The Rio 2016 Olympic logo was revealed on New Year’s Eve. The logo was designed by Rio-based Tatil. According to the official guff, the “translates the Olympic spirit and the nature, feelings and aspiration of the athletes, Rio and the Cariocas. Different countries, athletes and people are joined in a warm embrace – in an individual and collective move, which at a second glance, reveals one of Rio’s most beautiful icons, a vibrant Sugar Loaf, radiating joy, unity, celebration, and friendship.”
Tatil’s design was chosen from 8 finalists who after a 5 month selection process that initially involved 139 agencies. This question is being asked, will this logo be remembered? There were many things wrong with the London 2012 logo but it will always be remembered but will this?
Only time will tell if this logo will be remembered, but let’s have a look at the work and how it was created.
The challenge that design studio Tatil’s said they had was “to represent the Passion and Transformation of a city and an entire country, and project these values to the rest of the world. A brand that must express unity. Inspire achievement and optimism. Avoid clichés and present Rio de Janeiro as the site of the largest sporting event in the world – to its very own Cariocas, and the athletes and people around the world.”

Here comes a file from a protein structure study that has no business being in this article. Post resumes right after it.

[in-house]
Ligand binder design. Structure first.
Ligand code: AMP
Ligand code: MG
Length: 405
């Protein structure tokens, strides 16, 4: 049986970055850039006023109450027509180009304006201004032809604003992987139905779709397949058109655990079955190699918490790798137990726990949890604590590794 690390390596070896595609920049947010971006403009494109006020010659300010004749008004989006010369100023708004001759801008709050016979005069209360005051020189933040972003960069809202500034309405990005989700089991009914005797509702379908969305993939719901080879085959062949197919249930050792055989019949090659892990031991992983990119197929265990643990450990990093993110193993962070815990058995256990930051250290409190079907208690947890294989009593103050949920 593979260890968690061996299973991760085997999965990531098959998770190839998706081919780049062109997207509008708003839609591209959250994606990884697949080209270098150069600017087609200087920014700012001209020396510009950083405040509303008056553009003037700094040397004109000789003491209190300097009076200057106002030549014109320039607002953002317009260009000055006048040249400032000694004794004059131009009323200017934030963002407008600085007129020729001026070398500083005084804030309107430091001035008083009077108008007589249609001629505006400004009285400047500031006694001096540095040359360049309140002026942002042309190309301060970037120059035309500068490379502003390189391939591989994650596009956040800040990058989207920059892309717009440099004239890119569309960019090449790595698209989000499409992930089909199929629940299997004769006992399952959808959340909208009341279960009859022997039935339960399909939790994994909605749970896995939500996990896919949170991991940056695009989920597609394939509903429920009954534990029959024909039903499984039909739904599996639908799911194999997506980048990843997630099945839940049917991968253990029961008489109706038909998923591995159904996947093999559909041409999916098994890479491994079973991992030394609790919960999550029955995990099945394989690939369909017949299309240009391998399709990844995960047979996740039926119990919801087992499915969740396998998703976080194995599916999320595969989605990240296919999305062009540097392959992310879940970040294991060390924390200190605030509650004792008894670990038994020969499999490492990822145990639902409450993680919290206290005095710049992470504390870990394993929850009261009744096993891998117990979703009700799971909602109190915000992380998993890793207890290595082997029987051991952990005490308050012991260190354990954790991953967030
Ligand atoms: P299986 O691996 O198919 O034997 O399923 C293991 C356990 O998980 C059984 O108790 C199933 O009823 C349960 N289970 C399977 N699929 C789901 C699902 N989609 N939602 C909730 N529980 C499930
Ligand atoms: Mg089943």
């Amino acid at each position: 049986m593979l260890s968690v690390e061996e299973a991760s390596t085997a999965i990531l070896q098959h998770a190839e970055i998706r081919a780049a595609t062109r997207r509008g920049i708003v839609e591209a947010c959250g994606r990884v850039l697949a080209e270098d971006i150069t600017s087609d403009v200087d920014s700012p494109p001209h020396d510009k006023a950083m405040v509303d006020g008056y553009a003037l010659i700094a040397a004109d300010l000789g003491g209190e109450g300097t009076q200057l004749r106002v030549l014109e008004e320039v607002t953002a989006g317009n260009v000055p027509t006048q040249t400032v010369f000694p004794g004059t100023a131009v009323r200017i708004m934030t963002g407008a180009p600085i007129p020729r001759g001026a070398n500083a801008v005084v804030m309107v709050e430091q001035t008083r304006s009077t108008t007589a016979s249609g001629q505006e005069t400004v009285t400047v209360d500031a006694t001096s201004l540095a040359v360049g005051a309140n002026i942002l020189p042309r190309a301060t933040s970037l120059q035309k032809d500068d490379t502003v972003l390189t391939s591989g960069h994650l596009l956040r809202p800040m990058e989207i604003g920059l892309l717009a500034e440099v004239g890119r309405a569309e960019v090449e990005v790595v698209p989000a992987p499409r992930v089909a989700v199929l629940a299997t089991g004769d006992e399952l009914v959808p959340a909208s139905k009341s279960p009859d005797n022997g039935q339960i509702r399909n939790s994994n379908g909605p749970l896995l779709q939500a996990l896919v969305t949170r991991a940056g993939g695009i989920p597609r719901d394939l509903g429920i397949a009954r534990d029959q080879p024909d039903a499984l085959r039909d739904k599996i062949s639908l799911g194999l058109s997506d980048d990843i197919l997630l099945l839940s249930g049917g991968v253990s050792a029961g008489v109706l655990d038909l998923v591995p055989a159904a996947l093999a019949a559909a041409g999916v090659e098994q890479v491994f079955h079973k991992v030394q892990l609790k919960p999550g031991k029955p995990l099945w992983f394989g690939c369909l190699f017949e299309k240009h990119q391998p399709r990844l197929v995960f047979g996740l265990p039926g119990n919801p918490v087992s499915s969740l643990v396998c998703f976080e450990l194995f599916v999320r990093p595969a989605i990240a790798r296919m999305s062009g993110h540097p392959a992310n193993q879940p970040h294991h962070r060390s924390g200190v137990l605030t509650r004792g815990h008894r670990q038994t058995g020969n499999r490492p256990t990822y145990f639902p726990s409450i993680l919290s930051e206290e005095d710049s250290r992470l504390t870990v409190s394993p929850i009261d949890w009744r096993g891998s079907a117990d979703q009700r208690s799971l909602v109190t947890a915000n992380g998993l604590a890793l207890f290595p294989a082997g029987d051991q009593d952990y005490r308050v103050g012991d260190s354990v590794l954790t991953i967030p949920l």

It all stated by mapping out “several Rio 2016 planets…each one with multiple references, concepts, trends and articles.”
The idea was to root the identity in the essence of Rio’s Cariocas – its citizens. “We were born from a mixture of ethnicities. We warmly embrace all ethnicities, faiths and generations. We share our sky, our ocean and our happiness with the world. This human warmth, which is part of the Carioca nature and the Olympic spirit, is shaped by the exuberant nature of a city that inspires us to live passionately and carefree, and loves to share and engage with others.”
Colour choices were led by the Brazilian environment: “Yellow symbolises the sun and our warm, vivacious and happy nature. Blue expresses the fluidity of the water that surrounds us, and our easygoing way of life. Green represents our forests and hope, a positive vision that inspires us to go even further.”
To all this is added a rather neat, abstract reference to a Rio landmark, Pão de Açúcar or Sugarloaf Mountain, the shape of which is mapped by the logo.